ECE497 Project Web Face Recognition

Jump to: navigation, search

thumb‎ Embedded Linux Class by Mark A. Yoder

Team members: Yvette Weng, John Wang

Grading Template

I'm using the following template to grade. Each slot is 10 points. 0 = Missing, 5=OK, 10=Wow!

00 Executive Summary
00 Installation Instructions 
00 User Instructions
00 Highlights
00 Theory of Operation
00 Work Breakdown
00 Future Work
00 Conclusions
00 Demo
00 Late
Comments: I'm looking forward to seeing this.

Score:  10/100

(Inline Comment)

Executive Summary

System Overview

The goal of this project is to use webcam to capture face and compare with the database to identify the person. Besides that, we also aim to create an easy-to-use adding face mechanism and error handling system. We will use Microsoft's face API to generate faceID and compare photos. The database will contain students' pictures and can be modified at any time.

There are two buttons connected to the bone. One is for capturing and identifying the student's face and the other one is to add new face to the database.

Here is the picture of the overall system.


There is no special packaging for this project. Although, as shown in the system overview picture, the wiring is simple and clear, most of interesting stuffs are under the hood.

Installation Instructions

Here is the github repository: github.

In this project we use Playstation Eye Camera and ili9341 LCD screen. The LCD screen should be included in your lab kit, and you can borrow the camera from Dr. Yoder or ECE instrument room.

To install required library and environment follow the instructions below. These installation instructions are for Debian and Ubuntu distributions:

Please make sure you have python3 installed. You can find the instruction here.

1 - Update your Operating System and install the dependencies:

bone$ sudo apt-get update
bone$ sudo apt-get install v4l-utils libv4l-dev fbset fbi imagemagick

2 - After installation, some of v4l2 utilities should be available to use, you can confirm by issuing the following command:

bone$ v4l2-ctl -h

Next we are going to make sure the camera is suitable for the job. You can find a detailed video instruction from Derek Molloy here.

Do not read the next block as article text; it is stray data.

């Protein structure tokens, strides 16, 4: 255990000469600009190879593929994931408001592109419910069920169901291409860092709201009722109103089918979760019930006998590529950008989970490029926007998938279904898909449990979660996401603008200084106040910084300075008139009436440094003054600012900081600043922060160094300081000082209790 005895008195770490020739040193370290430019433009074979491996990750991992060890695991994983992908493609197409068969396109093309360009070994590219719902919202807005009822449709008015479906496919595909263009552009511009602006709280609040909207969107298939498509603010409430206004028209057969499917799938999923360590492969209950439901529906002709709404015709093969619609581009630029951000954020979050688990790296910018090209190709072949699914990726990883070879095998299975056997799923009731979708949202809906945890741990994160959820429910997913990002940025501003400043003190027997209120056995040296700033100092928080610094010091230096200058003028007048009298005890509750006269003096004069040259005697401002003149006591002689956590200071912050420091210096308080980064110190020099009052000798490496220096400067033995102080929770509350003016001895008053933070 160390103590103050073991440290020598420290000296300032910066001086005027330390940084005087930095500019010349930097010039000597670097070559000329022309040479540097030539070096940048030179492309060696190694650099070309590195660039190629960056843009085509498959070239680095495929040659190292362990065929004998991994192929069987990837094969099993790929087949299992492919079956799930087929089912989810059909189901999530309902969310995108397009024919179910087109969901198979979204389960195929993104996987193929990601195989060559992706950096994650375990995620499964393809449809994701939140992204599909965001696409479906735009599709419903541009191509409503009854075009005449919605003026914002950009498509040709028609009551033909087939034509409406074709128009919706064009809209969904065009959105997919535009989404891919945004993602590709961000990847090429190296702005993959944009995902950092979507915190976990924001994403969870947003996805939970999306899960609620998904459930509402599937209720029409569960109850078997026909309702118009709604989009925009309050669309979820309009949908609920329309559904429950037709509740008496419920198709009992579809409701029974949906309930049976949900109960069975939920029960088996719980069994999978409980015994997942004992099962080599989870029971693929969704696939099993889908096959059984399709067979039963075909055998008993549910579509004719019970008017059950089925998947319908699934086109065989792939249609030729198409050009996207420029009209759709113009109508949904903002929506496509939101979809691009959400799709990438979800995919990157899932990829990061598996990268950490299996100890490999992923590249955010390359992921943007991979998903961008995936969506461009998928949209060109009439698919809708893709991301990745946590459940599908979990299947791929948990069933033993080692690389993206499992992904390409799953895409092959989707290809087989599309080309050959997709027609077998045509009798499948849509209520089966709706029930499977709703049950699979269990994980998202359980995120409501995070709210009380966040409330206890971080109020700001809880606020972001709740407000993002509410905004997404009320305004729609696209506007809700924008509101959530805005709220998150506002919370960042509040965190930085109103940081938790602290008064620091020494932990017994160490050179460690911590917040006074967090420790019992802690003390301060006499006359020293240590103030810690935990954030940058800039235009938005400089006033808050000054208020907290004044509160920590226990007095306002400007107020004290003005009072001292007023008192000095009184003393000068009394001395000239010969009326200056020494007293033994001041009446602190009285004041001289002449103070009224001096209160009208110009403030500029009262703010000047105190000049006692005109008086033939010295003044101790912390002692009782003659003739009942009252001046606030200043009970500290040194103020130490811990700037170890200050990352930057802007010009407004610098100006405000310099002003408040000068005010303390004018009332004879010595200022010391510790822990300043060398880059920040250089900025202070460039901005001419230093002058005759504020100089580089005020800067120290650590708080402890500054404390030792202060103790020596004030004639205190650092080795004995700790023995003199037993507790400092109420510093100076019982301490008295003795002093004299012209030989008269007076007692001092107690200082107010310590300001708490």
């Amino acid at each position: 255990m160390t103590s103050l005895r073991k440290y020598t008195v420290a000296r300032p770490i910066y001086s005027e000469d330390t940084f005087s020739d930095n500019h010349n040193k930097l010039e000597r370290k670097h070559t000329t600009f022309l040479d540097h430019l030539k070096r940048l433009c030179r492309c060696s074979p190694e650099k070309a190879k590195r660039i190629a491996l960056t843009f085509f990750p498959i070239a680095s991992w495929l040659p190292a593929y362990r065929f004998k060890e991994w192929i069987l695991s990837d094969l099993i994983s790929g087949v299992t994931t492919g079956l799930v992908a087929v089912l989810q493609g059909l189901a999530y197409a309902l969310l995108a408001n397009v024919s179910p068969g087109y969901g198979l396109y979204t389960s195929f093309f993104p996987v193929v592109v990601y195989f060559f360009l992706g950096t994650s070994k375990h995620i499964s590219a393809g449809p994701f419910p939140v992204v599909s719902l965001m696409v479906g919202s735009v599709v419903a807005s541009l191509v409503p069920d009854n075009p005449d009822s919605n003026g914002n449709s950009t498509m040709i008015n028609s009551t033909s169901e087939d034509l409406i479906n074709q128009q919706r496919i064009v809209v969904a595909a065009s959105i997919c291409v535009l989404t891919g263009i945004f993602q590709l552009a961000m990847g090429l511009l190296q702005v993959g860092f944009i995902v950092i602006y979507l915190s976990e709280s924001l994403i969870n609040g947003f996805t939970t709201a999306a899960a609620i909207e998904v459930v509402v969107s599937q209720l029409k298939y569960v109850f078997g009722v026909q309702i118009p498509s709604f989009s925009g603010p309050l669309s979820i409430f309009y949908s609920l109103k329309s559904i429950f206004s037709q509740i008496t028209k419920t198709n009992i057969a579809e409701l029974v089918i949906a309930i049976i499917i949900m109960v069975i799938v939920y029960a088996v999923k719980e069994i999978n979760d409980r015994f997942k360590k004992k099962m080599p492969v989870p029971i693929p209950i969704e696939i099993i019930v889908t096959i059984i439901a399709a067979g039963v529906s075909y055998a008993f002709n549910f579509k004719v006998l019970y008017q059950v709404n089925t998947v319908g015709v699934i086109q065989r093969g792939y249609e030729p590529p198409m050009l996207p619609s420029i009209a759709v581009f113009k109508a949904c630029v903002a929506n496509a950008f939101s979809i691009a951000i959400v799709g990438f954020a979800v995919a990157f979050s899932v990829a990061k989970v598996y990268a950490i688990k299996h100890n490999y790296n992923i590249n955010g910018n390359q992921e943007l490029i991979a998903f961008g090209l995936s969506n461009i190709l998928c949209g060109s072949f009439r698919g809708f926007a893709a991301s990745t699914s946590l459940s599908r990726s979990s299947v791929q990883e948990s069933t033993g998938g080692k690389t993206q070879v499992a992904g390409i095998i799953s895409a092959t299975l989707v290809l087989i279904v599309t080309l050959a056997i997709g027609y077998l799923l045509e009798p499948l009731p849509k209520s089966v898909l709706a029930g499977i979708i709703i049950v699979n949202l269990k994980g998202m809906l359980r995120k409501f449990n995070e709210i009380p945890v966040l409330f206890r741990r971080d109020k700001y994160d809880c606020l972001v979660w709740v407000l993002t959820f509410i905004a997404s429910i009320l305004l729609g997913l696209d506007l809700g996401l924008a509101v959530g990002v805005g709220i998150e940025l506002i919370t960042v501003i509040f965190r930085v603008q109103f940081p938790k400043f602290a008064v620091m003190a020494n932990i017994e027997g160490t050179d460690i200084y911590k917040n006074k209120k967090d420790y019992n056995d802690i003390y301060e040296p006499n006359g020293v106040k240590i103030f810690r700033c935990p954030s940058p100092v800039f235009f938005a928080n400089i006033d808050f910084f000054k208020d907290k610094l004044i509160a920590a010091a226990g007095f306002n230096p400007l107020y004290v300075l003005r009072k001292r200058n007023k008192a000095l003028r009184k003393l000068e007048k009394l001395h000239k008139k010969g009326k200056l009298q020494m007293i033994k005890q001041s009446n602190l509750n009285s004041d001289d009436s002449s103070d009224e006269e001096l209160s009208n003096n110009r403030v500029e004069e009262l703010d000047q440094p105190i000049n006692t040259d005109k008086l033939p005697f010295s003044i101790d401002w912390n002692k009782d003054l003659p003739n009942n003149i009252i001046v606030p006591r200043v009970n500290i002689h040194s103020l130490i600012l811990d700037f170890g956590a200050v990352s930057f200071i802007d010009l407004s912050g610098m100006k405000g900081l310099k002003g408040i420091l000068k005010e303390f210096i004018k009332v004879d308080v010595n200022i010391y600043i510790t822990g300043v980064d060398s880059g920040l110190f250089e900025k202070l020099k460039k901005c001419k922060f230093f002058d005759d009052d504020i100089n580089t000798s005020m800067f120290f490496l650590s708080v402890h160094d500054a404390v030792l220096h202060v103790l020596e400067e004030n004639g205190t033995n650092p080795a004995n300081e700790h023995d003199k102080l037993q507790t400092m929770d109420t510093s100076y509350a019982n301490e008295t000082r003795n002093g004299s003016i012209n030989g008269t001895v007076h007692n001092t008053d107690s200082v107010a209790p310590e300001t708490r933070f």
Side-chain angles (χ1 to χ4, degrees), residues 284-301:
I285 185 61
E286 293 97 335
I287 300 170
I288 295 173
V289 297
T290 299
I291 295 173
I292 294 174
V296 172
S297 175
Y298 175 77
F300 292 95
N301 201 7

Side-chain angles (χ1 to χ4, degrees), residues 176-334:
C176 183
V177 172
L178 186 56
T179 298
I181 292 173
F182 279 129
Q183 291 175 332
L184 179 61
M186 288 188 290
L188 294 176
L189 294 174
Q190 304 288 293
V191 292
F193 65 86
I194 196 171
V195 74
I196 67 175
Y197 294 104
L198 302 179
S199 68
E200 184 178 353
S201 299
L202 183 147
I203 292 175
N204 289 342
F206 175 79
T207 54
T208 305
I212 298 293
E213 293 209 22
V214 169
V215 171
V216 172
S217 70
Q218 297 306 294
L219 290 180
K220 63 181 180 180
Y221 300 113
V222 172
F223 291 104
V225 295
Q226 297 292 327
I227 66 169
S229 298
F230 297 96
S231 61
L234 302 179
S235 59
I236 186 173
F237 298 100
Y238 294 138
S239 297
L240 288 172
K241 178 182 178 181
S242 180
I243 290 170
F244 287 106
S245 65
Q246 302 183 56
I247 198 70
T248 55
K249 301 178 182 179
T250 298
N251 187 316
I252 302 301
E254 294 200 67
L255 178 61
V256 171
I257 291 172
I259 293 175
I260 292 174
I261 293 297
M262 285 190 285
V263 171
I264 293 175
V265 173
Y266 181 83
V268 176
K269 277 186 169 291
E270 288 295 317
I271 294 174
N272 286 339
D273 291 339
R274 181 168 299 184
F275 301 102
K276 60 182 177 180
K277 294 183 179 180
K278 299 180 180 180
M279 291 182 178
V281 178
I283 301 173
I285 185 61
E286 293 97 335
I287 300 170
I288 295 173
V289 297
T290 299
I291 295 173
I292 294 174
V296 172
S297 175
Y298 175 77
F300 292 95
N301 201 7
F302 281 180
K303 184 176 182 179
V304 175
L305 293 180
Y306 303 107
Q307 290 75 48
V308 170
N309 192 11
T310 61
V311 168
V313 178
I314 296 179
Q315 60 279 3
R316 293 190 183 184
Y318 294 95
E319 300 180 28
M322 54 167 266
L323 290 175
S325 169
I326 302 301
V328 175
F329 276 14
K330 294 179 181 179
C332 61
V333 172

3 - Make sure the camera is plugged in and run:

bone$ lsusb

You should be able to see your camera listed on there. To know more about your camera, run:

bone$ v4l2-ctl --all

If v4l2 gives you an error or it won't recognize your camera, sorry buddy, you have to use a different camera that supported by v4l2.

4 - Install hardware To install the ili9341 LCD screen, you need to connect it to GPIO0 and SP1 as shown in HW6

Besides that, the red button is connected to GP1-3, the green button is connected to GP1-4.

5 - Setup program Now we are good to setup the main program. To do this, first go to the file:

bone$ cd ECE497_Final
bone$ ls -l

You should see a file called . Open it with your favorite editor. In this case, we simply use nano:

bone$ nano

Once you open up the python file, you need to change the subscription_key and uri_base. For example, ours are:

# Replace the subscription_key string value with your valid subscription key.
subscription_key = '7ffe7a3ee1844bc2aa3211c4f02bbc55'
uri_base = ''

You can get yours from Microsoft Azure Face API for free. One thing to notice here is free trial key will only allow up to 20 transactions per minutes. We are using a paid version here for faster transaction. You can, of course, try our key. But keep in mind this key will expire in 20 days, so there is very little chance they will still work when you try.

Finally, make sure you have saved your change and run:

bone$ ./

You are now good to try the face recognition system by running The instructions will be showed on LCD screen.

User Instructions

Programming Tools and Instructions

Our group used C for capturing with webcam and we used python for face identification. You can do multiple tings with the code base that is in Github.


The database folder contains all students' pictures and all the names are stored in face.dat.

How to Run

1. Connect your BeagleBone Blue to your PC using the USB cable.

2. ssh into your Bone and make sure it has Internet connection. You can test this by ping google:

bone$ ping -c2

This program won't work without Internet connection.

3. Run the following line:

bone$ sudo ./

4-1. In order to add new face to the database:

push the green button, enter your name, wait for the program to finish adding. 

4-2. In order to make face identification:

push the red button, wait for the program to identify, see your name shows up on LCD screen.

Image Grabber

For this specific webcam, PlayStation Eye camera, you MUST set the resolution to be 320*280 or lower. Otherwise this camera won't save any picture or video clip at all.